Xiaomi Mi 9: 115 0
Huawei Mate 30 Pro: 132 0
Huawei P40 Pro: 140 -1
Apple iPhone SE 2: 101 0
OnePlus 8 Pro: 126 0
Xiaomi Mi 8: 105 1
Samsung Galaxy A71: 89 1
Xiaomi Mi 10 Pro: 134 0

As you can see, most cameras sit between 1 and -1, while a few of them go up to 2 or -2. That means it's reasonable to assume other similar cameras that they don't review to, in the worst-case scenario, be anywhere from -2 to 2 points from the score that the formula gets.

For example: Given that the Pixel 4 got 117 points and that the Pixel 4 XL share the same year and camera specs, it's reasonable to expect a score of 117 too. But in reality, if they do review that camera, it may end up anywhere between 115 and 119.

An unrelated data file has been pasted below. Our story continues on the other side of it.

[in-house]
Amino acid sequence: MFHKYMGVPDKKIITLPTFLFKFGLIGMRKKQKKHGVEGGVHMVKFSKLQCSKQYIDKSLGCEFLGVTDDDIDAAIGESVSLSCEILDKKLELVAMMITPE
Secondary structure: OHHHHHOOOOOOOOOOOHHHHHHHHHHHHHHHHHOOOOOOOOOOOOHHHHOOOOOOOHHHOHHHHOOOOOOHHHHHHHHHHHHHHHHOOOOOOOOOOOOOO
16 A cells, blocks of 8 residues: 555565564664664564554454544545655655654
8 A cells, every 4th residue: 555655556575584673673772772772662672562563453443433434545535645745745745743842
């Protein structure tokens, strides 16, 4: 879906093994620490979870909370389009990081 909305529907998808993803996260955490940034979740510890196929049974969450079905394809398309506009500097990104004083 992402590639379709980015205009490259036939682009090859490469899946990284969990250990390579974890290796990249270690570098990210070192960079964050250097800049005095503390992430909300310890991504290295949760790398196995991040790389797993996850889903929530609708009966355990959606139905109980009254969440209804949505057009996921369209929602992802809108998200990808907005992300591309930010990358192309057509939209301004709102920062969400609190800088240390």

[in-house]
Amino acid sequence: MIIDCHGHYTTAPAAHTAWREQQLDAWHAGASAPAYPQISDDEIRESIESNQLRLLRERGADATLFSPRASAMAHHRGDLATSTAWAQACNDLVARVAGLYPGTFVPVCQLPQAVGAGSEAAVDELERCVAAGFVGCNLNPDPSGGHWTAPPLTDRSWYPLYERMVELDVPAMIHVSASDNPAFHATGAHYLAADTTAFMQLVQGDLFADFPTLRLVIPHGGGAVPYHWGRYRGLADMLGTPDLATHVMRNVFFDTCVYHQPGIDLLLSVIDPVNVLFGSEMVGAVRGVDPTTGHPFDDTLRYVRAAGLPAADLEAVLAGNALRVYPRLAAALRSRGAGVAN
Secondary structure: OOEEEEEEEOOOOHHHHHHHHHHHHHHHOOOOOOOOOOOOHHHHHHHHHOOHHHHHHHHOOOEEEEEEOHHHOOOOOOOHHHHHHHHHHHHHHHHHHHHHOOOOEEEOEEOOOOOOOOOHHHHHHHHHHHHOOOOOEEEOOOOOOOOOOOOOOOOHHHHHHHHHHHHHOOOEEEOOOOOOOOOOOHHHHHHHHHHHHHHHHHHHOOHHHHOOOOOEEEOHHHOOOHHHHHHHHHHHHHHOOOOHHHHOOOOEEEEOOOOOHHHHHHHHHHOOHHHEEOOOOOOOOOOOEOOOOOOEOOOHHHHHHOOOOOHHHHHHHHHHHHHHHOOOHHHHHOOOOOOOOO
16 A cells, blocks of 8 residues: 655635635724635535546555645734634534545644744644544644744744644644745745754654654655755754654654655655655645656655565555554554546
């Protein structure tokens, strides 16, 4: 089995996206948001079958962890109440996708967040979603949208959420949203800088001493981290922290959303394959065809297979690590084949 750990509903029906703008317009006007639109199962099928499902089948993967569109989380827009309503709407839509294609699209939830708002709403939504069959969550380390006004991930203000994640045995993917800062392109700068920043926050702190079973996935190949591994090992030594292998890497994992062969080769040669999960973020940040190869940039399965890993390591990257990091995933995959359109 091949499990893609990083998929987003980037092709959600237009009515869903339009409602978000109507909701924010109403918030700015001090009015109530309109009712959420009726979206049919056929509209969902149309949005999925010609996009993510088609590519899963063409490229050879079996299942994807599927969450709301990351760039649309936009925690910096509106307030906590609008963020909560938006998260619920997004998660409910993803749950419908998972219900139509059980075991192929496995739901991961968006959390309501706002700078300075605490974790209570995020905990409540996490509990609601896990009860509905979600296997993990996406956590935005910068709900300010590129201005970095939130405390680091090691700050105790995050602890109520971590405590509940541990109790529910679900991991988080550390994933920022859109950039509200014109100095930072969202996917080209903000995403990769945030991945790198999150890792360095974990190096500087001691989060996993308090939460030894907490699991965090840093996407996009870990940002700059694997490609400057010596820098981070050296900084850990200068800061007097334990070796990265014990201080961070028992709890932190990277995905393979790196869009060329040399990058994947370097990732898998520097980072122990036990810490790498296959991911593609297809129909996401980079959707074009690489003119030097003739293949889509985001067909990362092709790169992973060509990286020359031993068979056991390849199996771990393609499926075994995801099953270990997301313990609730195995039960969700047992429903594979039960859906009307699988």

Be aware that at DxO, they give a score based on their opinion, not based on any formula. That's why I think there's an odd difference of 6 points between the iPhone 8 Plus and the iPhone X. In theory, they should have the same camera.

I'm guessing that the Mi 9T Pro got a deviation of 7 points because they tested its Chinese variant (the K20 Pro).



With regards to AMOLED screens, sometimes OEMs claim higher maximum brightness. That's because an AMOLED screen can push its brightness progressively higher as its white area gets smaller.

These values are from the lab tests made by GSMArena, and their white test pattern takes up 75% of the physical size of the screen.